Research Handbook on International Financial Crime
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Research Handbook on International Financial Crime

  • Research Handbooks in Financial Law series

Edited by Barry Rider

A significant proportion of serious crime is economically motivated. Almost all financial crimes will be either motivated by greed, or the desire to cover up misconduct. This Handbook addresses financial crimes such as fraud, corruption and money laundering, and highlights both the risks presented by these crimes, as well as their impact on the economy. The contributors cover the practical issues on the topic on a transnational level, both in terms of the crimes and the steps taken to control them. They place an emphasis on the prevention, disruption and control of financial crime. They discuss, in eight parts, the nature and characteristics of economic and financial crime, the enterprise of crime, business crime, the financial sector at risk, fraud, corruption, the proceeds of financial and economic crime, and enforcement and control.
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Chapter 49: Rewards for whistleblowing

Caroline Bradley

Extract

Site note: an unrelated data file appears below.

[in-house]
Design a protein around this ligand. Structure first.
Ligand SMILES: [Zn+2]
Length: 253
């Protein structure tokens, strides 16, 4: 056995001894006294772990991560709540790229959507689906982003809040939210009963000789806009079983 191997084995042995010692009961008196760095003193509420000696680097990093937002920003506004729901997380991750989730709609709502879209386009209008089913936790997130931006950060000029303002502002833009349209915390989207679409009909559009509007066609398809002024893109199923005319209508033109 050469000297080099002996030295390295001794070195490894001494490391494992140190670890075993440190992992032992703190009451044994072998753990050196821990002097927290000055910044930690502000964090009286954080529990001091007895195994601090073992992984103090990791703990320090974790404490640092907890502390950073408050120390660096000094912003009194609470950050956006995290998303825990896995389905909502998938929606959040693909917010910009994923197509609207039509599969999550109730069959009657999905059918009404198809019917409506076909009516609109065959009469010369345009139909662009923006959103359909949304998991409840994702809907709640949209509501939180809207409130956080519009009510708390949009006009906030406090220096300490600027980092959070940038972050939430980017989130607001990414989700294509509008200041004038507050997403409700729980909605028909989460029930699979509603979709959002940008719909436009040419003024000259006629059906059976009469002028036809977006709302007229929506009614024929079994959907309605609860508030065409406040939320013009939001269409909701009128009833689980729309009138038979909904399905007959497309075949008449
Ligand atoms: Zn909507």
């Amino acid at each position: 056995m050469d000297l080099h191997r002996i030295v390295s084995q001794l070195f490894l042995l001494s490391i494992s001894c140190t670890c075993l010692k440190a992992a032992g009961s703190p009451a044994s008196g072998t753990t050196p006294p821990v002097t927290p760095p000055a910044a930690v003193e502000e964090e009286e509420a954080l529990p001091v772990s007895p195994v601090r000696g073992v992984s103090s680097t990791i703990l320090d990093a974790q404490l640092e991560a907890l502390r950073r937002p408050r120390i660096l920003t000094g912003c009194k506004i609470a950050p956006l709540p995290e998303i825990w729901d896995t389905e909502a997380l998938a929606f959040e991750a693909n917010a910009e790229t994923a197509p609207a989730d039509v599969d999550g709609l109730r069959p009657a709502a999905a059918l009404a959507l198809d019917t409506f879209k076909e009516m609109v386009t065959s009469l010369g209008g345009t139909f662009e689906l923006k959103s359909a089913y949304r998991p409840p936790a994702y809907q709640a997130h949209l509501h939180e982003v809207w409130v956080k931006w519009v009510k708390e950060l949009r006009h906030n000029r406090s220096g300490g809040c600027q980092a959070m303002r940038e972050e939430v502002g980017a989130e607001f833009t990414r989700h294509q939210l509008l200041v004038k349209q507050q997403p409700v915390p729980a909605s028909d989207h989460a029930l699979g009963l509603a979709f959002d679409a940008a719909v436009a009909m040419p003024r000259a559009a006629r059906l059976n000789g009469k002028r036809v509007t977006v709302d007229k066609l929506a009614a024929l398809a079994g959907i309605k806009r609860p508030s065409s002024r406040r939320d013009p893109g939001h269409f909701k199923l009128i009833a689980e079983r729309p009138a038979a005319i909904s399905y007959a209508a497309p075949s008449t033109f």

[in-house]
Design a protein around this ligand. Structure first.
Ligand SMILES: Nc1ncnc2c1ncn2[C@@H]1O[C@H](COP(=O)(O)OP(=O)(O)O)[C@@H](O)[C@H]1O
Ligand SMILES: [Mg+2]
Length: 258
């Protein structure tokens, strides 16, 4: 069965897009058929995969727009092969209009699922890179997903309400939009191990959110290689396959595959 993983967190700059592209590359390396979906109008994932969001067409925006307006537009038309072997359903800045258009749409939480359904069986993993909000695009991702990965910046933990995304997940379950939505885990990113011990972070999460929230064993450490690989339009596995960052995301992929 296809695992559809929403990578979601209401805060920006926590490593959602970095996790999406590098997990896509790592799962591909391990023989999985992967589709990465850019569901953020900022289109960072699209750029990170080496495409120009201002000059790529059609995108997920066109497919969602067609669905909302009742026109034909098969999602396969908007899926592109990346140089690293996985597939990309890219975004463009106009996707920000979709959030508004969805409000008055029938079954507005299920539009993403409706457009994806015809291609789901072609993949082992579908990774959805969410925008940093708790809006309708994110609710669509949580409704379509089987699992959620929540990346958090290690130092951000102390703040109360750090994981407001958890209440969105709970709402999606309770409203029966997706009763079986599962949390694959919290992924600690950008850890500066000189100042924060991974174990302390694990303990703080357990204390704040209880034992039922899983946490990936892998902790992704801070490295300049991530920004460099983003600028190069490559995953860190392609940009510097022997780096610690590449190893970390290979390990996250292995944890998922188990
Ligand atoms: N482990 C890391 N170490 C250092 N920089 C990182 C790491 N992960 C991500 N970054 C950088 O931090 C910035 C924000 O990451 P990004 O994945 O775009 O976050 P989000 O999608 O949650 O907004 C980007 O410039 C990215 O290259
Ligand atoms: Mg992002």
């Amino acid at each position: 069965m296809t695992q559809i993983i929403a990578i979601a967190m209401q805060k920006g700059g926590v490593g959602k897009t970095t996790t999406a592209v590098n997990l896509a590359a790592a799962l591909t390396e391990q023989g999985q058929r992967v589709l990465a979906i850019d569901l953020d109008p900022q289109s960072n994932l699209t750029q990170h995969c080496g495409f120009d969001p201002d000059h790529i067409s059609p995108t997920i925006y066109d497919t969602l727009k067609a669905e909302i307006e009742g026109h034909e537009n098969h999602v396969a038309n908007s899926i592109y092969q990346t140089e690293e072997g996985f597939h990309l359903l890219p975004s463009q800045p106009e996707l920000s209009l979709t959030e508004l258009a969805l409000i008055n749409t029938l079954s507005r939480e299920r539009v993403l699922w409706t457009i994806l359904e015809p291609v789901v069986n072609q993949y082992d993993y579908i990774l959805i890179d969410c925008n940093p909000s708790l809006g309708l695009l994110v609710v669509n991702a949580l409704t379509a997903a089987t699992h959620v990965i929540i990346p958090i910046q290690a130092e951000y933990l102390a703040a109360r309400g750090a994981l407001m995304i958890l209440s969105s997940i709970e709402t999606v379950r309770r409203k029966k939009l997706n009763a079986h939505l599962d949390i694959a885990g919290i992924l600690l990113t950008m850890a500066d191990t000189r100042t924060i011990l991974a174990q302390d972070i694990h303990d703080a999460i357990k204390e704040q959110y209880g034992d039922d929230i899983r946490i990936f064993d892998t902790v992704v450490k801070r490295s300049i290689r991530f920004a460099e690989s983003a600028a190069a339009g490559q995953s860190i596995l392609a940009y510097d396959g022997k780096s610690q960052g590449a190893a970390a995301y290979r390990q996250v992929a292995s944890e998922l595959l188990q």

Whistleblowing involves a conflict between an employee’s duties of loyalty to her employer and her duty to uphold the law – to participate in enforcement of the law by disclosing wrongdoing. When the disclosure involves issues of national security, as in the case of Edward Snowden, governments, claiming to be guardians of the public interest, see employee duties of confidentiality (or non-disclosure) as consistent with the public interest. Wikileaks and Edward Snowden’s disclosures have raised general questions about what citizens have a right to know about how their governments behave. Governments may discourage or fail to encourage whistleblowing even where it might help to improve the quality of public services. In these non-national security contexts governments which fail to encourage whistleblowing are more vulnerable to criticism. When governments have made commitments to open government and transparency (whether by proclamation, as in the case of the US, or by treaty, as in the case of the EU), these failures to encourage disclosures of wrongdoing and problems are especially significant. Whistleblowing in the private sector does not involve the same type of conflict between different public interests. Arguably duties to private sector employers should cede to the obligation to comply with the law – especially where breaches of the law carry criminal sanctions. An employee who discloses insider trading, market manipulation, or sanctions-busting should not be criticized for breaching duties to an employer who, at the very least, did not work hard enough to prevent such activities.

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